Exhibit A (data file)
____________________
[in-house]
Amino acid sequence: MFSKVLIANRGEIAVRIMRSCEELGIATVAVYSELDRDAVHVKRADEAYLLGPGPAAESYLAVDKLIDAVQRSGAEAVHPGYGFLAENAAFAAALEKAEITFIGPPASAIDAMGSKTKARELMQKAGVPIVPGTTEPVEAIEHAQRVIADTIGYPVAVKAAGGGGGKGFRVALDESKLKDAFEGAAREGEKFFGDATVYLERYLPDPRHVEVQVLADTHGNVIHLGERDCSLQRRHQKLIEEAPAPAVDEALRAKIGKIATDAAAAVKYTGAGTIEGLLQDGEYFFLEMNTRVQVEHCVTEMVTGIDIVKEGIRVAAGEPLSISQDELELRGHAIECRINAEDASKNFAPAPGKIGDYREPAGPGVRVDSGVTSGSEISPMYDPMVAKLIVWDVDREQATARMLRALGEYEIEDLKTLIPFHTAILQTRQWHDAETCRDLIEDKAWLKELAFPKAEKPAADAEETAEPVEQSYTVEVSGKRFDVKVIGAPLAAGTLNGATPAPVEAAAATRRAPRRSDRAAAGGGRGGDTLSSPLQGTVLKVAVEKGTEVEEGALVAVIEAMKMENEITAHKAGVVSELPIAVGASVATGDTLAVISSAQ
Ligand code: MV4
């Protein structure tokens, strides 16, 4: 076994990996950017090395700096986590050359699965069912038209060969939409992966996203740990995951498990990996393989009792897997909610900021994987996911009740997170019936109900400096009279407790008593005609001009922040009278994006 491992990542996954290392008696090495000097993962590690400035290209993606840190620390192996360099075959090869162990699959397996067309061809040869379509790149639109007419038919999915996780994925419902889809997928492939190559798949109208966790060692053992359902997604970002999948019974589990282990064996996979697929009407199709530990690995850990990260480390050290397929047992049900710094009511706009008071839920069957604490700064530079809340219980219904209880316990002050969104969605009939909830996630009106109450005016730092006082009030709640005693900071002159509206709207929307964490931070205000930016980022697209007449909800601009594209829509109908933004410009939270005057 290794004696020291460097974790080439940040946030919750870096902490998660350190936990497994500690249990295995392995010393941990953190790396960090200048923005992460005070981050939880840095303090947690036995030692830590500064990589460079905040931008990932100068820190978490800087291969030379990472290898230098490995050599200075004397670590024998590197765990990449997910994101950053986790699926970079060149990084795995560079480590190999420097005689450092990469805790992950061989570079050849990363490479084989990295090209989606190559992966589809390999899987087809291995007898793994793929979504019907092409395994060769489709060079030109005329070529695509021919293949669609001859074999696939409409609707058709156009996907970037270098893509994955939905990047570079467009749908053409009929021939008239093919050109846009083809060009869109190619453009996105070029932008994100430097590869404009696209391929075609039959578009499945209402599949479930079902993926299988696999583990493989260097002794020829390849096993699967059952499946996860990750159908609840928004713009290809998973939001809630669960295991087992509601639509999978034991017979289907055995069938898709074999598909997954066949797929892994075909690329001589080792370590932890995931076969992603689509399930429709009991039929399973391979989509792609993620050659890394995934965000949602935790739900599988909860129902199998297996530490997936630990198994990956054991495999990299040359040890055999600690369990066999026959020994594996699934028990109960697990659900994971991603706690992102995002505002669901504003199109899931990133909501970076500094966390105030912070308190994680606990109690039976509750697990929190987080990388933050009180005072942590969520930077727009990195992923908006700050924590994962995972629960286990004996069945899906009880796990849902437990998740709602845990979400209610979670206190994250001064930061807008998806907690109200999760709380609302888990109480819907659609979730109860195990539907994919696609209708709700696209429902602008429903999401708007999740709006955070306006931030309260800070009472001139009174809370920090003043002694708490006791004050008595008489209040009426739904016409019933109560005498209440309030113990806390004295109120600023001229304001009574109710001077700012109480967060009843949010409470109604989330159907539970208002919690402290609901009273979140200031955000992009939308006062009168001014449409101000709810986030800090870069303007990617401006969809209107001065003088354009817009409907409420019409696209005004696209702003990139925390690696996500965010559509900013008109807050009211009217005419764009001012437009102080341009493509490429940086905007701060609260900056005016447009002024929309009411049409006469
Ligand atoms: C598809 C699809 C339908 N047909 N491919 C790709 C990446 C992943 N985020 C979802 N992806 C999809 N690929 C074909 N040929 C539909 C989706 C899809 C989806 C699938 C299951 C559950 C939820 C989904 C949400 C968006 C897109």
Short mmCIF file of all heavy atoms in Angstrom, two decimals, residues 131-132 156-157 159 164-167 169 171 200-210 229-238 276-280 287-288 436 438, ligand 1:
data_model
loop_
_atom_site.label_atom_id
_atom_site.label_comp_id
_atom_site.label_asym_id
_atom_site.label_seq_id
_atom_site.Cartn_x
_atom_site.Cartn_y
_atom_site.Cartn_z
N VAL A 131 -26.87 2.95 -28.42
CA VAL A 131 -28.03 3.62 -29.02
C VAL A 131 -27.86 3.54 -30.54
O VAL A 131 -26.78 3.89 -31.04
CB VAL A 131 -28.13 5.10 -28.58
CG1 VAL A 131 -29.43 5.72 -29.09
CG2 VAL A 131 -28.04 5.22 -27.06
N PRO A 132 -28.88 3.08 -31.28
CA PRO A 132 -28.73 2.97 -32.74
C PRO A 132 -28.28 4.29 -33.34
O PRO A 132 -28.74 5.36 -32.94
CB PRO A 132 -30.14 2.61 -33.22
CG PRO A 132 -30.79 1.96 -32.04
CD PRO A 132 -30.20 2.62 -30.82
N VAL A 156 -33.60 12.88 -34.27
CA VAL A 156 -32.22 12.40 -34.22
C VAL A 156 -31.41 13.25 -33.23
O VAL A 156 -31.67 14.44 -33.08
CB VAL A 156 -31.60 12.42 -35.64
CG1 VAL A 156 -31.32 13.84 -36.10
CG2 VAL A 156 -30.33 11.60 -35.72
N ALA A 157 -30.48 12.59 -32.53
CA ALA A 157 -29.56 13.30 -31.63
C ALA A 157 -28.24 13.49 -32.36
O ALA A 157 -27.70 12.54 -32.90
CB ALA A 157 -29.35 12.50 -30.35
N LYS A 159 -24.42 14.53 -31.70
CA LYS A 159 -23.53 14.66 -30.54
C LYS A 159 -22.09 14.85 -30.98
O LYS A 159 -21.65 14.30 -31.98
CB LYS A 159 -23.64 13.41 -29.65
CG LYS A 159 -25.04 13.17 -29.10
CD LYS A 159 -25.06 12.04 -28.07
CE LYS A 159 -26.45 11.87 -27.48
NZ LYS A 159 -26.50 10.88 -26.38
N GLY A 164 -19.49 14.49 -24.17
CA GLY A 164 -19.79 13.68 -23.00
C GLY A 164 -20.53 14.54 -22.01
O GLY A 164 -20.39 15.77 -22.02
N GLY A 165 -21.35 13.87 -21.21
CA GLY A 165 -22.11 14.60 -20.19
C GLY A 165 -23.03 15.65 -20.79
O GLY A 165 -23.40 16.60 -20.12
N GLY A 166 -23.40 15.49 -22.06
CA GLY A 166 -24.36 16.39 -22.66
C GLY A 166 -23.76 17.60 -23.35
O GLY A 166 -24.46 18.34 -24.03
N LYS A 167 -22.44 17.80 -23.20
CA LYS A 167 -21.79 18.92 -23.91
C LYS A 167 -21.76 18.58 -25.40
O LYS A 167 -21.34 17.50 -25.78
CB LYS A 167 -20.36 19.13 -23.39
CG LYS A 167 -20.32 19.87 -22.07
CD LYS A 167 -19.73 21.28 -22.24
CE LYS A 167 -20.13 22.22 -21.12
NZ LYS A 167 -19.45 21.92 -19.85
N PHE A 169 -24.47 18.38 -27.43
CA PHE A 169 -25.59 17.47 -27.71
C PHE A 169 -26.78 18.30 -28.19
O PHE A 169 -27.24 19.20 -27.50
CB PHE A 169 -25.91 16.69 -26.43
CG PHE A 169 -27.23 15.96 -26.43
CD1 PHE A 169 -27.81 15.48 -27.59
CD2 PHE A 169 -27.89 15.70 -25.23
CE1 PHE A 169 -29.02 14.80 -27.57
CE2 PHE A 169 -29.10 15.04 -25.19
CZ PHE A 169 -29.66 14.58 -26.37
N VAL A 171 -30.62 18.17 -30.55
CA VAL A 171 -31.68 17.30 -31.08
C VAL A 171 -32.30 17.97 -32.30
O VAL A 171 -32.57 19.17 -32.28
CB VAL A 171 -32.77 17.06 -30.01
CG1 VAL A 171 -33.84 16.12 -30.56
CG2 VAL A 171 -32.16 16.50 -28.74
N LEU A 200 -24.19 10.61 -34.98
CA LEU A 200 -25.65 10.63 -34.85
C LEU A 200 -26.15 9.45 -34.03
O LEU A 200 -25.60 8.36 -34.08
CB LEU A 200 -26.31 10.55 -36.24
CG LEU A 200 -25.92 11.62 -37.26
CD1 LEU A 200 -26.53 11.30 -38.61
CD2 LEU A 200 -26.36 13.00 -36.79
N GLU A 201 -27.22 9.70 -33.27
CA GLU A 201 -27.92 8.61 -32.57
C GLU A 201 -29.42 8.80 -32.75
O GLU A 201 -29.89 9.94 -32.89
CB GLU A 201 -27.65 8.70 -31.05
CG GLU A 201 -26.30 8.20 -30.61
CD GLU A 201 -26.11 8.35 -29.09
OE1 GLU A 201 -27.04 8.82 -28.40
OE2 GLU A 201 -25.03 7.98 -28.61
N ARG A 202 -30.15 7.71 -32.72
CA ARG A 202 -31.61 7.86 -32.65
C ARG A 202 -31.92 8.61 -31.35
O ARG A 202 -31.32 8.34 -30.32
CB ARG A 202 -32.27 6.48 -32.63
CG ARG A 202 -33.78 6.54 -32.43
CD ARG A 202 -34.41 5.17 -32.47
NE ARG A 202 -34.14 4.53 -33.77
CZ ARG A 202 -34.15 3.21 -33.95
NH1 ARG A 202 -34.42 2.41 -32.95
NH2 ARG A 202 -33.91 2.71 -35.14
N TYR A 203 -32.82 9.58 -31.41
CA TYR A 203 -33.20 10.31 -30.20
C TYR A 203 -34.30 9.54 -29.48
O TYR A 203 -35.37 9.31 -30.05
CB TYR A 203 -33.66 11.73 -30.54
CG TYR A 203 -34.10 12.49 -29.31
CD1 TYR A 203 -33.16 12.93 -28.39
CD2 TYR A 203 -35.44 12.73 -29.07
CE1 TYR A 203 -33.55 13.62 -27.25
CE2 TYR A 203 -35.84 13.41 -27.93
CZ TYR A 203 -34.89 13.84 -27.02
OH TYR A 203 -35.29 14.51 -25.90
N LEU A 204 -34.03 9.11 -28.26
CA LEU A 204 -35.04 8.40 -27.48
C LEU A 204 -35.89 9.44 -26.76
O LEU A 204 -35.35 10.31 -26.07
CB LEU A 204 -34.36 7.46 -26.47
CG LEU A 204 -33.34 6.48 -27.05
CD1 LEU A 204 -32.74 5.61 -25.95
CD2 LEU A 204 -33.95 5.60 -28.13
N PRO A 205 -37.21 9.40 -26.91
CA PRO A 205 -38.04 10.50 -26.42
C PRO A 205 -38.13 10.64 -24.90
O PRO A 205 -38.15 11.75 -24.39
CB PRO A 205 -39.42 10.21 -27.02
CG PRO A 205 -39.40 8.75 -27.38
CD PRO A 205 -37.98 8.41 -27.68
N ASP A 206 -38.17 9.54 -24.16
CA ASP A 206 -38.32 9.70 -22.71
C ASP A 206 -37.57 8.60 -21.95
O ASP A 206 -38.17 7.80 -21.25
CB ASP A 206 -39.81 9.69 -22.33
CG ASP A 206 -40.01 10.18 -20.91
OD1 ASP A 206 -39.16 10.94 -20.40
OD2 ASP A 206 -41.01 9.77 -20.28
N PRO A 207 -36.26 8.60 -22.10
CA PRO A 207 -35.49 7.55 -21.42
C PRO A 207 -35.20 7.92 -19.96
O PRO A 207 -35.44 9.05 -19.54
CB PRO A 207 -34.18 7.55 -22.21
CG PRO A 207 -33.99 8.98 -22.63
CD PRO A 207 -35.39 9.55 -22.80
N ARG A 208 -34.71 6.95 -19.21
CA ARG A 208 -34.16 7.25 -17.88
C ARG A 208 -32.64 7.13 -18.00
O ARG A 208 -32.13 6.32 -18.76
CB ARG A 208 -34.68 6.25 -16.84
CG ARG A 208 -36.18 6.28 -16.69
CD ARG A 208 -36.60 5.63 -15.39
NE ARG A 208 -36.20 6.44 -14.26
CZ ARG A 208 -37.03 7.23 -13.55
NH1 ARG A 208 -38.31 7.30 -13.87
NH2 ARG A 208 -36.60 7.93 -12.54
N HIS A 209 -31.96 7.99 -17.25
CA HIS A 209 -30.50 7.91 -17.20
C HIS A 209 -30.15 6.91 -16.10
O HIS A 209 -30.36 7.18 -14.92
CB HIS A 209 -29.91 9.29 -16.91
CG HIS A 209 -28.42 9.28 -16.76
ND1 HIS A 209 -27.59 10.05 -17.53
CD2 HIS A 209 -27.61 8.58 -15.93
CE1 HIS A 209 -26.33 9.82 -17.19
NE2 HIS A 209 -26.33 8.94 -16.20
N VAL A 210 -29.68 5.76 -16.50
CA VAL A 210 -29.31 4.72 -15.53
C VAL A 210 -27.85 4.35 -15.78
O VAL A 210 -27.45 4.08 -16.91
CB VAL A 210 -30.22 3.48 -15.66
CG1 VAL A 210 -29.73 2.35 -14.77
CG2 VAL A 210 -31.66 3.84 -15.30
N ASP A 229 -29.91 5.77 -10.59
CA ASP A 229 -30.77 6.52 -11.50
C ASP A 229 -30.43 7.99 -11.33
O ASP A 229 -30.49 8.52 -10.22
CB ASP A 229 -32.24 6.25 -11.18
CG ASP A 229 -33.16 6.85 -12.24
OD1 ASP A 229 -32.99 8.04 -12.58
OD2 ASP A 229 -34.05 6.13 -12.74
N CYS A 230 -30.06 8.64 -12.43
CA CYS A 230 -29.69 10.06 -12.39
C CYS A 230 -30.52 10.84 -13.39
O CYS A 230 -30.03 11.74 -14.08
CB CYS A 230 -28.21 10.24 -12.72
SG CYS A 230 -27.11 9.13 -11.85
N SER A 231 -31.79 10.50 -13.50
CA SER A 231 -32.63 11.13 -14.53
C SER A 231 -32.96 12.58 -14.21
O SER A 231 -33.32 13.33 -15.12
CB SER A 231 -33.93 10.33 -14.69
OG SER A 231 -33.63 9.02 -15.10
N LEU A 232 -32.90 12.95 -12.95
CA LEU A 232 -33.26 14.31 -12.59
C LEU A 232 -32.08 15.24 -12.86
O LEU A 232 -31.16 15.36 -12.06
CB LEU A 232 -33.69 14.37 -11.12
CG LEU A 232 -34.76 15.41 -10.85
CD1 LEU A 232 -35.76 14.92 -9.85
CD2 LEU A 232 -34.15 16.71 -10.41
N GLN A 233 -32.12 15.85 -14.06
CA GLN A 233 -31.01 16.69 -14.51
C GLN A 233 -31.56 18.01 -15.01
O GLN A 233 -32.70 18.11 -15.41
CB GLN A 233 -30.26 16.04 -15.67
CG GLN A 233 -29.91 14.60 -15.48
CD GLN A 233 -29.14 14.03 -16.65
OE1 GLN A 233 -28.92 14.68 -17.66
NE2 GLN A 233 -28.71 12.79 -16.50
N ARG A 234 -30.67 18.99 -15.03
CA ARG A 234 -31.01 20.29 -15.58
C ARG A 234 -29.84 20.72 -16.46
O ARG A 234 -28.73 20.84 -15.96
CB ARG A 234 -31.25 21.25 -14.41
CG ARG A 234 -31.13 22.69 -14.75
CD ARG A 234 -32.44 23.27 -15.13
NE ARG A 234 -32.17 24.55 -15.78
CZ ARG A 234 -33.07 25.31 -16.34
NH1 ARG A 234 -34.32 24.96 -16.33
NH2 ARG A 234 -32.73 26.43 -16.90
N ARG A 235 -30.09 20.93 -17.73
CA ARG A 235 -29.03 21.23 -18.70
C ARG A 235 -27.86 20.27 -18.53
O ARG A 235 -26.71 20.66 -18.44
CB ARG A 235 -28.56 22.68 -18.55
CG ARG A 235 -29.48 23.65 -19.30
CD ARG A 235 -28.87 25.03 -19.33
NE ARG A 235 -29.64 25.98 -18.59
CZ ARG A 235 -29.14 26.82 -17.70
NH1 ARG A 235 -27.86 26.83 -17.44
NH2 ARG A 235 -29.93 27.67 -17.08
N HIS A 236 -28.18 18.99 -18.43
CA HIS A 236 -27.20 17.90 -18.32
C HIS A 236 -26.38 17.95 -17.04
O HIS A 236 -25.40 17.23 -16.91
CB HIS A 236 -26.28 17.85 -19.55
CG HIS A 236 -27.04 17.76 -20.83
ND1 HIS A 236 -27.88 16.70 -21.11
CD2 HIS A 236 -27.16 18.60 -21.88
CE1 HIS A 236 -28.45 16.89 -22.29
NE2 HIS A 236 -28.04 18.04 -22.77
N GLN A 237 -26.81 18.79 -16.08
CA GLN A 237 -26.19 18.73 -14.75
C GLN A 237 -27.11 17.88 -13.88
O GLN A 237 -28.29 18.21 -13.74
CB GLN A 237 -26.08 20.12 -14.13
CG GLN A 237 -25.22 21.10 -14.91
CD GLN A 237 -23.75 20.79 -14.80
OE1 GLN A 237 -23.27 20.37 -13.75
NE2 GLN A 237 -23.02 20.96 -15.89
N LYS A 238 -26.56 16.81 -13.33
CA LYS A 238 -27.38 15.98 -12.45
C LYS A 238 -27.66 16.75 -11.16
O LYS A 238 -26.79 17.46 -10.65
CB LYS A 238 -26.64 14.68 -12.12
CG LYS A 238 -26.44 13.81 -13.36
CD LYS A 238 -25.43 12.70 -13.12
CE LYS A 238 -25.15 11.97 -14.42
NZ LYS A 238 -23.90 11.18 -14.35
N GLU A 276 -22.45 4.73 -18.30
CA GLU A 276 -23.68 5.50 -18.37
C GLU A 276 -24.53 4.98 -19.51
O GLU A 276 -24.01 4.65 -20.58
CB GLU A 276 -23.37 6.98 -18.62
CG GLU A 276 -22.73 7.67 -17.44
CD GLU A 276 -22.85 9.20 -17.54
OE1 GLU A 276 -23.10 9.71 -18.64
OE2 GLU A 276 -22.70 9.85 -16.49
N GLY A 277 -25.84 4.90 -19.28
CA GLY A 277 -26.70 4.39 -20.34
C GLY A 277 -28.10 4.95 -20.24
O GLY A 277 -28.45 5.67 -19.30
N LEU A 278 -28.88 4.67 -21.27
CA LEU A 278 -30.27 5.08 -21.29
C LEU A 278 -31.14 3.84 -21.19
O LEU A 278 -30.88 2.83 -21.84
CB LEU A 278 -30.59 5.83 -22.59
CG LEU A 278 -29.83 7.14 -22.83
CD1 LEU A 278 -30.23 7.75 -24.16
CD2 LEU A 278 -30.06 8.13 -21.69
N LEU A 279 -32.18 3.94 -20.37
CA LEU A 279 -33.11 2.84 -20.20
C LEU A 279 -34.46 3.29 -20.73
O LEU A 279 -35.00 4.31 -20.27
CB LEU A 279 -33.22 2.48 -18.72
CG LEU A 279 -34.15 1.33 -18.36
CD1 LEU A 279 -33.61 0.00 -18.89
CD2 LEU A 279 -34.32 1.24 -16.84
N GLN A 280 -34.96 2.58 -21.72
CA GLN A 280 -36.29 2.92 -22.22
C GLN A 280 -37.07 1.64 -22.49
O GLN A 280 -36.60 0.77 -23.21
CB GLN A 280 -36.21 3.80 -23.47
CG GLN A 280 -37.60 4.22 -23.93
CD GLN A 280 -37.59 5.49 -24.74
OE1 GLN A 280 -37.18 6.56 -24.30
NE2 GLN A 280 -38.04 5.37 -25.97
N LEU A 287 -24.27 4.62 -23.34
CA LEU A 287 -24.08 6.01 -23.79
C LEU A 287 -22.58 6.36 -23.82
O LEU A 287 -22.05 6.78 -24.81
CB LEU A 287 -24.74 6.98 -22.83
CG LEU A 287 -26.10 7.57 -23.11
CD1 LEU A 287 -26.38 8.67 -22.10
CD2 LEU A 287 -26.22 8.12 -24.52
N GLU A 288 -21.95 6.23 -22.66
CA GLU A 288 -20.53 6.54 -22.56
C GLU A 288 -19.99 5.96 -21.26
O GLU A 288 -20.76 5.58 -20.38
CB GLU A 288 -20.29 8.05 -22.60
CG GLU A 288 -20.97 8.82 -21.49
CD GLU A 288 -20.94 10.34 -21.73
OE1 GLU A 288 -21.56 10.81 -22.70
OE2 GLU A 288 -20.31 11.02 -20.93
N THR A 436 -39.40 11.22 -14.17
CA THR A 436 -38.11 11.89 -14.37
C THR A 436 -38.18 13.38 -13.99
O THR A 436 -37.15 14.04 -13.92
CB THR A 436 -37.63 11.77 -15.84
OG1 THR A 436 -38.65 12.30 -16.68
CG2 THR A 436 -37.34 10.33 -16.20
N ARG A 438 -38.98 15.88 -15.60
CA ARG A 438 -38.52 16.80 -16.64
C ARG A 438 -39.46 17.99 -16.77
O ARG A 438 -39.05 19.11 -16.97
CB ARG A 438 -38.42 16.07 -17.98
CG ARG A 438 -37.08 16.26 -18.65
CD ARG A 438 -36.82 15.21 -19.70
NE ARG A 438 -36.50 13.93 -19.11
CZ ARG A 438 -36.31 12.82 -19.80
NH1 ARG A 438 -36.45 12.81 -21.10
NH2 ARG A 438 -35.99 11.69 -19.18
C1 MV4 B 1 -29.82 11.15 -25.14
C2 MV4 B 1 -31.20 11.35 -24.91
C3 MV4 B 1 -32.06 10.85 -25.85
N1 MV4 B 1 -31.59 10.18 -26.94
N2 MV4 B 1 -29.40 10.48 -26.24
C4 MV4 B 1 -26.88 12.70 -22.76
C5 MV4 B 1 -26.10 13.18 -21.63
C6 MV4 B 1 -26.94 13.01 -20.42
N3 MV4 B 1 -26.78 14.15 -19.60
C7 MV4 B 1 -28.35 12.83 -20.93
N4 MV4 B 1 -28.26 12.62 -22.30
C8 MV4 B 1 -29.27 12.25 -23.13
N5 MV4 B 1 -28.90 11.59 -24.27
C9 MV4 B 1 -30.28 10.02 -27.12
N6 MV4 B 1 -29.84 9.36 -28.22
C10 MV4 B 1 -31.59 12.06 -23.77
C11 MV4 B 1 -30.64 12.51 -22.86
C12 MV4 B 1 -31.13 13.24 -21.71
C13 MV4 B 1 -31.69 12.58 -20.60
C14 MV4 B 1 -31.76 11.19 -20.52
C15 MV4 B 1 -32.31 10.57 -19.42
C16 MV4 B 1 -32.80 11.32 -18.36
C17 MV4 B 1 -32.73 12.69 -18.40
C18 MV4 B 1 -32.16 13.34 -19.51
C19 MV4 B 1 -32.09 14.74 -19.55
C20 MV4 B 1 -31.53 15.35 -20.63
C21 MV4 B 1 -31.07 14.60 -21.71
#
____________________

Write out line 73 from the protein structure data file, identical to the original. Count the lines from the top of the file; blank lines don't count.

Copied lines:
CA PHE A 169 -25.59 17.47 -27.71